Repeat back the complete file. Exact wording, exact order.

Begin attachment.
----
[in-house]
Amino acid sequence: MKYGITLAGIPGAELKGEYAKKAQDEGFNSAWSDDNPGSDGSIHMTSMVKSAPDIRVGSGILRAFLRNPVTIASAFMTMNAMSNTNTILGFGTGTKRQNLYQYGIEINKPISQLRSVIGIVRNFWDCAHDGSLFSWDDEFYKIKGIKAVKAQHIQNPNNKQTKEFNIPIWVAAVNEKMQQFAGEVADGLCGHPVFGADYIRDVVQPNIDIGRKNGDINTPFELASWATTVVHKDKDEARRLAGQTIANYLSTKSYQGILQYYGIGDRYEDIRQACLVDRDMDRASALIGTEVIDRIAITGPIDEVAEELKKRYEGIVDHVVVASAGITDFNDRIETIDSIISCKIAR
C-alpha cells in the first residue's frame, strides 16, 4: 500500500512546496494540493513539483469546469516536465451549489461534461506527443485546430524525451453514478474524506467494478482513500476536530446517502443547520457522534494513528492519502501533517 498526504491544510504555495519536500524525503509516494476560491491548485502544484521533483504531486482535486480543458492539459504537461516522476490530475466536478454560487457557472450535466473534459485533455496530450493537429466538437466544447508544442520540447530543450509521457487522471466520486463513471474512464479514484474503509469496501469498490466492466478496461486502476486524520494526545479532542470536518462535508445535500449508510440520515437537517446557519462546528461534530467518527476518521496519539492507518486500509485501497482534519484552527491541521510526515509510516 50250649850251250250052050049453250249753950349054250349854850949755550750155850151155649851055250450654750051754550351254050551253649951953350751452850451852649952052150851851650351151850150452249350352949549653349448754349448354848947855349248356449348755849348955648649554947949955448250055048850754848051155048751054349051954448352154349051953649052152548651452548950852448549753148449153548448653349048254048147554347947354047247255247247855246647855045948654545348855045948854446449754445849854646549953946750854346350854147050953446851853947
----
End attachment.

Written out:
[in-house]
Amino acid sequence: MKYGITLAGIPGAELKGEYAKKAQDEGFNSAWSDDNPGSDGSIHMTSMVKSAPDIRVGSGILRAFLRNPVTIASAFMTMNAMSNTNTILGFGTGTKRQNLYQYGIEINKPISQLRSVIGIVRNFWDCAHDGSLFSWDDEFYKIKGIKAVKAQHIQNPNNKQTKEFNIPIWVAAVNEKMQQFAGEVADGLCGHPVFGADYIRDVVQPNIDIGRKNGDINTPFELASWATTVVHKDKDEARRLAGQTIANYLSTKSYQGILQYYGIGDRYEDIRQACLVDRDMDRASALIGTEVIDRIAITGPIDEVAEELKKRYEGIVDHVVVASAGITDFNDRIETIDSIISCKIAR
C-alpha cells in the first residue's frame, strides 16, 4: 500500500512546496494540493513539483469546469516536465451549489461534461506527443485546430524525451453514478474524506467494478482513500476536530446517502443547520457522534494513528492519502501533517 498526504491544510504555495519536500524525503509516494476560491491548485502544484521533483504531486482535486480543458492539459504537461516522476490530475466536478454560487457557472450535466473534459485533455496530450493537429466538437466544447508544442520540447530543450509521457487522471466520486463513471474512464479514484474503509469496501469498490466492466478496461486502476486524520494526545479532542470536518462535508445535500449508510440520515437537517446557519462546528461534530467518527476518521496519539492507518486500509485501497482534519484552527491541521510526515509510516 50250649850251250250052050049453250249753950349054250349854850949755550750155850151155649851055250450654750051754550351254050551253649951953350751452850451852649952052150851851650351151850150452249350352949549653349448754349448354848947855349248356449348755849348955648649554947949955448250055048850754848051155048751054349051954448352154349051953649052152548651452548950852448549753148449153548448653349048254048147554347947354047247255247247855246647855045948654545348855045948854446449754445849854646549953946750854346350854147050953446851853947